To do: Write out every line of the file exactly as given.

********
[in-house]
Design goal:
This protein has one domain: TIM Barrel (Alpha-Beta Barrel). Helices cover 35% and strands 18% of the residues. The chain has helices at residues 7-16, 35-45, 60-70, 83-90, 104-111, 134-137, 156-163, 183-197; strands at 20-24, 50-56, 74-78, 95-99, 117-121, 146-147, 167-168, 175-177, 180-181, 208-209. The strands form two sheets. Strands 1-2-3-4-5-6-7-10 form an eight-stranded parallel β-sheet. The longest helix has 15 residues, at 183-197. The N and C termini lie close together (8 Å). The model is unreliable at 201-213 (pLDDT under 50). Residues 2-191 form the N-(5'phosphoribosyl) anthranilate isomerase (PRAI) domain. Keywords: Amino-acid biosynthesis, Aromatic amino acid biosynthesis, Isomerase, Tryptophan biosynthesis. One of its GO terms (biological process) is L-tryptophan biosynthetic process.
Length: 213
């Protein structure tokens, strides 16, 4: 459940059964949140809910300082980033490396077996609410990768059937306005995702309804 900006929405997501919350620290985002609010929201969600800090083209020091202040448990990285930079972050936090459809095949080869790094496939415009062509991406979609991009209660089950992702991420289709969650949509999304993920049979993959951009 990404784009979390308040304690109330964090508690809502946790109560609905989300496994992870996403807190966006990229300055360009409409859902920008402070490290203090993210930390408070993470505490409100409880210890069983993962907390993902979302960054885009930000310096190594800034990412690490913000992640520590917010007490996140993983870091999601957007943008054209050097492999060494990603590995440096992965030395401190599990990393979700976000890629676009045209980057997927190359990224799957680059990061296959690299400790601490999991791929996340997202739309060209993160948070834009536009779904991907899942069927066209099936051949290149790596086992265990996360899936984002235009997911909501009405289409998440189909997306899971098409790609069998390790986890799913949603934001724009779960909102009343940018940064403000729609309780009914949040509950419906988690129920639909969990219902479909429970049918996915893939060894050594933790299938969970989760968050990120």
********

[in-house]
Design goal:
This protein has one domain: TIM Barrel (Alpha-Beta Barrel). Helices cover 35% and strands 18% of the residues. The chain has helices at residues 7-16, 35-45, 60-70, 83-90, 104-111, 134-137, 156-163, 183-197; strands at 20-24, 50-56, 74-78, 95-99, 117-121, 146-147, 167-168, 175-177, 180-181, 208-209. The strands form two sheets. Strands 1-2-3-4-5-6-7-10 form an eight-stranded parallel β-sheet. The longest helix has 15 residues, at 183-197. The N and C termini lie close together (8 Å). The model is unreliable at 201-213 (pLDDT under 50). Residues 2-191 form the N-(5'phosphoribosyl) anthranilate isomerase (PRAI) domain. Keywords: Amino-acid biosynthesis, Aromatic amino acid biosynthesis, Isomerase, Tryptophan biosynthesis. One of its GO terms (biological process) is L-tryptophan biosynthetic process.
Length: 213
């Protein structure tokens, strides 16, 4: 459940059964949140809910300082980033490396077996609410990768059937306005995702309804 900006929405997501919350620290985002609010929201969600800090083209020091202040448990990285930079972050936090459809095949080869790094496939415009062509991406979609991009209660089950992702991420289709969650949509999304993920049979993959951009 990404784009979390308040304690109330964090508690809502946790109560609905989300496994992870996403807190966006990229300055360009409409859902920008402070490290203090993210930390408070993470505490409100409880210890069983993962907390993902979302960054885009930000310096190594800034990412690490913000992640520590917010007490996140993983870091999601957007943008054209050097492999060494990603590995440096992965030395401190599990990393979700976000890629676009045209980057997927190359990224799957680059990061296959690299400790601490999991791929996340997202739309060209993160948070834009536009779904991907899942069927066209099936051949290149790596086992265990996360899936984002235009997911909501009405289409998440189909997306899971098409790609069998390790986890799913949603934001724009779960909102009343940018940064403000729609309780009914949040509950419906988690129920639909969990219902479909429970049918996915893939060894050594933790299938969970989760968050990120």